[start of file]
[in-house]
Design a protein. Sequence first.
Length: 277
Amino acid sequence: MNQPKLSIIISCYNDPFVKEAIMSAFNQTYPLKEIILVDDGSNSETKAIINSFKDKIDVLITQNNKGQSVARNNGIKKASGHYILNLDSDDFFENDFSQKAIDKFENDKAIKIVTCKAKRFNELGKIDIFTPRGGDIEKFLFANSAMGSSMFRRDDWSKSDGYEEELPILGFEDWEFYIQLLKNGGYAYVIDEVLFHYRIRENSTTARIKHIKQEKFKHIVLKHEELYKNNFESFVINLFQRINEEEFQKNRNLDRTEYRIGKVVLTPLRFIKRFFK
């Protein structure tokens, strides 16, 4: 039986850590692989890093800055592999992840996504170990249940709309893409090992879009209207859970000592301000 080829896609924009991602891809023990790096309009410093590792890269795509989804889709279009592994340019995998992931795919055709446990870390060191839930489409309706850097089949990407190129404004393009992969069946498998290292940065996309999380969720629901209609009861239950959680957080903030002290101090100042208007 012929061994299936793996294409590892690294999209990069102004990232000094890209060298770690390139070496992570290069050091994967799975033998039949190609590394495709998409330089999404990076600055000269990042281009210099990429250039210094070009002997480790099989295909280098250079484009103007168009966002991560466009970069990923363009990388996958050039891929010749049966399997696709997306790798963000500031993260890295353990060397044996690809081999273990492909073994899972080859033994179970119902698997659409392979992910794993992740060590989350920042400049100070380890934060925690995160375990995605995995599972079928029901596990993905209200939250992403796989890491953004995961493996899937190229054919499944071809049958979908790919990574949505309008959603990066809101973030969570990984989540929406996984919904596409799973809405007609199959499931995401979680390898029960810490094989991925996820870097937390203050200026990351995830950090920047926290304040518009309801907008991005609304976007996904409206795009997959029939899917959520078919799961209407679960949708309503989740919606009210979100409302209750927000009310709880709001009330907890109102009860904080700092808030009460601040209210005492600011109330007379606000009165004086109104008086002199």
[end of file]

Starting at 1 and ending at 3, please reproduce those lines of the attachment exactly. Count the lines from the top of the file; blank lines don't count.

[in-house]
Design a protein. Sequence first.
Length: 277